For Rabbi Adam Zeff, keeping traditions alive is important.
For the past 29 years, the Neighborhood Interfaith Movement has organized and hosted a special service to honor the work of Martin Luther King Jr. The nonprofit, however, abruptly closed in late November, putting this year’s event in jeopardy.
The organization filed for bankruptcy on Nov. 30 and immediately ceased all operations.
Zeff wasn’t going to let the event’s 30th anniversary pass by as a result. Instead, he offered his congregation, Germantown Jewish Centre, as a place to hold the Sunday service entitled, “Working Together For Peace: Continuing the Legacy of MLK and NIM.”
A celebration of connectedness
In addition to celebrating the legacies of Dr. King and NIM, the Sunday afternoon service honored longtime synagogue member Stanley C. Diamond, who died in October at the age of 80.
A former Freedom Rider, Diamond organized the first Interfaith MLK service in 1983, the same year that President Reagan established a federal holiday to honor the Civil Rights leader.
As a teacher, Diamond focused on integrating diversity education into the curriculum, both as an administrator at the Barrack Hebrew Academy and a founder of Mill Creek, a special education school.
During the summers, said Zeff, Diamond would travel the world to understand what existed “behind the mask” of different cultures, a focus that the rabbi said parallels Martin Luther King, Jr.’s interest in understanding “all the ways in which [people] are connected.”
Sunday’s service concentrated on encouraging such interfaith connectivity. In between musical performances, Muslim, Christian, Jewish and Buddhist speakers offered short reflections on the place of interfaith work in promoting peace.
Imam Abdul-Halim Hassan, of Masjidullah in West Oak Lane, encouraged participants to consider how they are “connected in faith.” Rabbi Linda Holtzman, of Mishkan Shalom synagogue in Roxborough, reminded observers that all people of faith are “descendants of one –Adam.”
Rev. Cheryl Pyrch, of Summit Presbyterian Church in Mount Airy, and Buddhist Eric Wilden both spoke about the importance of practicing behaviors that will lead to a peaceful future. The audience engaged in a few exercises – repeating a Jewish chant, exchanging a Muslim greeting, following a Buddhist-led meditation and singing a Christian song — to promote the power of their shared voices.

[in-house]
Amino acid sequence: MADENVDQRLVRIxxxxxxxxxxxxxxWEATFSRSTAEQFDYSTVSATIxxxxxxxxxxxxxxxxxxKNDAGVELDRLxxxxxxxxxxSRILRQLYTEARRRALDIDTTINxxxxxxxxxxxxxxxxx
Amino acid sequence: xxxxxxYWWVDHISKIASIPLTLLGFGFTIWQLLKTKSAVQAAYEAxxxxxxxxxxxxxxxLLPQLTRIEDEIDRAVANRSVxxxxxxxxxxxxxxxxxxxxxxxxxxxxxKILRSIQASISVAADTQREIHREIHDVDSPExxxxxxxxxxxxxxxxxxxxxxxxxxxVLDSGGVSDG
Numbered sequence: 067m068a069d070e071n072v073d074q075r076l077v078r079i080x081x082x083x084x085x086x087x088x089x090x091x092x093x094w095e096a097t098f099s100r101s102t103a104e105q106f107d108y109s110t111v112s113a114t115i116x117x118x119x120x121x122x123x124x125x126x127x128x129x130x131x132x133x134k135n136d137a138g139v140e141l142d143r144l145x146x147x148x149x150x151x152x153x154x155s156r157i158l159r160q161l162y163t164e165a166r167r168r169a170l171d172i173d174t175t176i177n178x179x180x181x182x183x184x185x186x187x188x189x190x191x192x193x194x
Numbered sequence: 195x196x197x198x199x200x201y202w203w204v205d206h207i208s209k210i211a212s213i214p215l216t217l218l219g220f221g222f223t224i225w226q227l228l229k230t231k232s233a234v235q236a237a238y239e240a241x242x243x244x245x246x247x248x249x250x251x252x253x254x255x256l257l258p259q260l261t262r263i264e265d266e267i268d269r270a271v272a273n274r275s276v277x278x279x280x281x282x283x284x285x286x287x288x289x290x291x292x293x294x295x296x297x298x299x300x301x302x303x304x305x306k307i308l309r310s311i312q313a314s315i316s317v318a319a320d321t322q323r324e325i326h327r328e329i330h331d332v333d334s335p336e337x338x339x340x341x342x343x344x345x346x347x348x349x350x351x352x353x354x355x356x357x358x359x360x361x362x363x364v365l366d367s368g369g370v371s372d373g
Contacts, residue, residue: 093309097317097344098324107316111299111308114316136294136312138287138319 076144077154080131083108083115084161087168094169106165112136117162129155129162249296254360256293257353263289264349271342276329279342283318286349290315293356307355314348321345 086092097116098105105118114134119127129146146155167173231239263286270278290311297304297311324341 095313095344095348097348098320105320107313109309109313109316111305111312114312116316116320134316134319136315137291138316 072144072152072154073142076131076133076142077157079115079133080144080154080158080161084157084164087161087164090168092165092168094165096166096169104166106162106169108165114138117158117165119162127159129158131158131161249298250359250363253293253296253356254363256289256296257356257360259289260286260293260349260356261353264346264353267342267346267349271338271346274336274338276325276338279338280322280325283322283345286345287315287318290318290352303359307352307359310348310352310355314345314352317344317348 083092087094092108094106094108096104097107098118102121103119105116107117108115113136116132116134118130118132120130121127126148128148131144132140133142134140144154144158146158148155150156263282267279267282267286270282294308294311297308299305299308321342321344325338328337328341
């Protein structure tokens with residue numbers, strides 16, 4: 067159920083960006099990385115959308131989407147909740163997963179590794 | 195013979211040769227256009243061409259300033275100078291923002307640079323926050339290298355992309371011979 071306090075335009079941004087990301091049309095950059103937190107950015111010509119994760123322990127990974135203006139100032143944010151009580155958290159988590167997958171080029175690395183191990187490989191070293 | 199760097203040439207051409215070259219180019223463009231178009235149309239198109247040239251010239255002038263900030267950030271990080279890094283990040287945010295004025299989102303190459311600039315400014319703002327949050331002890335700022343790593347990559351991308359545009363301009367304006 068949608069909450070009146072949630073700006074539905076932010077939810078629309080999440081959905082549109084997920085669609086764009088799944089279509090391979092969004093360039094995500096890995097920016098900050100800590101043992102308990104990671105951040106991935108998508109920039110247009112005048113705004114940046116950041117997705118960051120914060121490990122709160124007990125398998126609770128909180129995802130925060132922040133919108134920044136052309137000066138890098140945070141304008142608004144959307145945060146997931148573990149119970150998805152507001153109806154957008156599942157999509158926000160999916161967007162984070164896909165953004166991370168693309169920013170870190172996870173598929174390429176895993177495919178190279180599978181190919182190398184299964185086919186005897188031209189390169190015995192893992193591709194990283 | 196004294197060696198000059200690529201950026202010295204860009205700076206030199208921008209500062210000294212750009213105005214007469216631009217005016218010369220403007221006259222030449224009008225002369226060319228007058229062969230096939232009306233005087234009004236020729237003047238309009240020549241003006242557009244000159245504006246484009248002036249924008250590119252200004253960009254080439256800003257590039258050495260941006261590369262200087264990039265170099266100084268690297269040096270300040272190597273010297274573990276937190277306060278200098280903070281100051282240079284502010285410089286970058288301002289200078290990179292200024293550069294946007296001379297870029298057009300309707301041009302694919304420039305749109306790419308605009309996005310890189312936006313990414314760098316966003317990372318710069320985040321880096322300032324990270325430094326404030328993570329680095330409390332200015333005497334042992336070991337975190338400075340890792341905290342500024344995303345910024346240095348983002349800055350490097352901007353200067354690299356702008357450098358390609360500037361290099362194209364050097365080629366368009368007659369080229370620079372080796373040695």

The celebration also honored the voices of interfaith community members by recognizing their artistic contributions. The event included performances by the Youth Choir of the Second Baptist Church of Germantown, the Germantown Jewish Centre Choir, M’ B Singley of the First United Methodist Church of Germantown, and Roberto Rashid of Masjidullah.
Abdul Azizz, of Masjidullah, offered a spoken word presentation. Members of the St Michael’s Youth Liturgical Dance Team also performed.
‘Whatever affects one directly, affects all indirectly’
At the start of the service, Rev. Andrena Ingram, of St. Michael’s Lutheran Church in Mount Airy, shared an excerpt from Martin Luther King, Jr.’s “Christmas Sermon on Peace” (1967). In it, Dr. King calls life “an inescapable network of mutuality.”
He writes, “Whatever affects one directly, affects all indirectly.” The Neighborhood Interfaith Movement challenged religious groups to find common denominators within their communities; now in its absence, religious leaders are meeting to discuss how they can continue its mission.
Rabbi Adam Zeff of the Germantown Jewish Centre is concerned, yet hopeful that can be accomplished.
Zeff acknowledged that while there is “not a lot of structure to the interfaith movement without NIM,” its energy still exists in Northwest Philadelphia through organizations that it fostered, such as the Northwest Philadelphia Interfaith Hospitality Network, the legacies of interfaith members like Stan Diamond, and the shared visions of the congregations that it brought together.